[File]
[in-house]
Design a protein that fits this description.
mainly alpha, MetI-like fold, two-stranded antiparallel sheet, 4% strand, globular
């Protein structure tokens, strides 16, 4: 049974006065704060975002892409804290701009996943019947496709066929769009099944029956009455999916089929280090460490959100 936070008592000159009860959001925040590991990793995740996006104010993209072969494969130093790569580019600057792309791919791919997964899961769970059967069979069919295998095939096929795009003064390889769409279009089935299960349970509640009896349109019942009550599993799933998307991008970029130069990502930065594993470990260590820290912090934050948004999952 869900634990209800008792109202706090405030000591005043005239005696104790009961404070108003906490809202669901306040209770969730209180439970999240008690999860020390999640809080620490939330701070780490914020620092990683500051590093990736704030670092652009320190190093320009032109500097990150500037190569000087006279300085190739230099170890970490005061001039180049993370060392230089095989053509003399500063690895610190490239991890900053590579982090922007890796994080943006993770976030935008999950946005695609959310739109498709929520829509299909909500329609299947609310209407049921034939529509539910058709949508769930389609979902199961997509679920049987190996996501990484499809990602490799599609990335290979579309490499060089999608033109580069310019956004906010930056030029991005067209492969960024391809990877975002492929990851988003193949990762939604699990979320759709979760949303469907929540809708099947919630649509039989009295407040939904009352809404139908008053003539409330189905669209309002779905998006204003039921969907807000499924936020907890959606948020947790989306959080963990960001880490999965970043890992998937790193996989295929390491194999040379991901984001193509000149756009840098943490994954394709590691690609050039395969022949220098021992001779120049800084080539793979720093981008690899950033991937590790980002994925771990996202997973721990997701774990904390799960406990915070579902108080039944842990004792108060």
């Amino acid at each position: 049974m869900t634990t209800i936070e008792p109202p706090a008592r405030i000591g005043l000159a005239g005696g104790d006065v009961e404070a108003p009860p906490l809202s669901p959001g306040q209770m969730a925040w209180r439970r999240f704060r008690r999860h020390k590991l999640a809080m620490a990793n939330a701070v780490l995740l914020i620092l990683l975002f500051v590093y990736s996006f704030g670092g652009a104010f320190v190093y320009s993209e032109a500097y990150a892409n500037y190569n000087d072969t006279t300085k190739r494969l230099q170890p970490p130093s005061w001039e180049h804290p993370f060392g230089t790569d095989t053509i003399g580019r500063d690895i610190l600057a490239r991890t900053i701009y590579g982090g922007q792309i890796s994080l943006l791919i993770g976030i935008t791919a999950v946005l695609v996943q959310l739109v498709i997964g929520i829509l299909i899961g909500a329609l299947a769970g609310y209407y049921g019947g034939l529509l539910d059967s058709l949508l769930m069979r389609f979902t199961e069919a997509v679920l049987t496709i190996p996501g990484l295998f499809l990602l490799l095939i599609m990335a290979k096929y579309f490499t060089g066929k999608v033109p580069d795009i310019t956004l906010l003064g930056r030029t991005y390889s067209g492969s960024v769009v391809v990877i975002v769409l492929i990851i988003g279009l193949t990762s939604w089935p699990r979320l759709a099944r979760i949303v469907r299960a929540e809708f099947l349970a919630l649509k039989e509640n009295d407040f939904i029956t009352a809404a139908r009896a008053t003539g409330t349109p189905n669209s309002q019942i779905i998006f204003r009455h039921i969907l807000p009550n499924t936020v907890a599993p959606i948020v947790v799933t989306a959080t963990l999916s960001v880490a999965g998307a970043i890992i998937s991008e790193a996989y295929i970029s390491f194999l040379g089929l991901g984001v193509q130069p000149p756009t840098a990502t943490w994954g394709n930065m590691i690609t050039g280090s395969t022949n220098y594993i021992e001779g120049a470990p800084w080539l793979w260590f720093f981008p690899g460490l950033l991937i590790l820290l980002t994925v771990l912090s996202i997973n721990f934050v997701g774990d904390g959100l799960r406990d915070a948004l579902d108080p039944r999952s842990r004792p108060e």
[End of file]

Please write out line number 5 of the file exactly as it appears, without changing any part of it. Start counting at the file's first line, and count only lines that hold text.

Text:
């Amino acid at each position: 049974m869900t634990t209800i936070e008792p109202p706090a008592r405030i000591g005043l000159a005239g005696g104790d006065v009961e404070a108003p009860p906490l809202s669901p959001g306040q209770m969730a925040w209180r439970r999240f704060r008690r999860h020390k590991l999640a809080m620490a990793n939330a701070v780490l995740l914020i620092l990683l975002f500051v590093y990736s996006f704030g670092g652009a104010f320190v190093y320009s993209e032109a500097y990150a892409n500037y190569n000087d072969t006279t300085k190739r494969l230099q170890p970490p130093s005061w001039e180049h804290p993370f060392g230089t790569d095989t053509i003399g580019r500063d690895i610190l600057a490239r991890t900053i701009y590579g982090g922007q792309i890796s994080l943006l791919i993770g976030i935008t791919a999950v946005l695609v996943q959310l739109v498709i997964g929520i829509l299909i899961g909500a329609l299947a769970g609310y209407y049921g019947g034939l529509l539910d059967s058709l949508l769930m069979r389609f979902t199961e069919a997509v679920l049987t496709i190996p996501g990484l295998f499809l990602l490799l095939i599609m990335a290979k096929y579309f490499t060089g066929k999608v033109p580069d795009i310019t956004l906010l003064g930056r030029t991005y390889s067209g492969s960024v769009v391809v990877i975002v769409l492929i990851i988003g279009l193949t990762s939604w089935p699990r979320l759709a099944r979760i949303v469907r299960a929540e809708f099947l349970a919630l649509k039989e509640n009295d407040f939904i029956t009352a809404a139908r009896a008053t003539g409330t349109p189905n669209s309002q019942i779905i998006f204003r009455h039921i969907l807000p009550n499924t936020v907890a599993p959606i948020v947790v799933t989306a959080t963990l999916s960001v880490a999965g998307a970043i890992i998937s991008e790193a996989y295929i970029s390491f194999l040379g089929l991901g984001v193509q130069p000149p756009t840098a990502t943490w994954g394709n930065m590691i690609t050039g280090s395969t022949n220098y594993i021992e001779g120049a470990p800084w080539l793979w260590f720093f981008p690899g460490l950033l991937i590790l820290l980002t994925v771990l912090s996202i997973n721990f934050v997701g774990d904390g959100l799960r406990d915070a948004l579902d108080p039944r999952s842990r004792p108060e």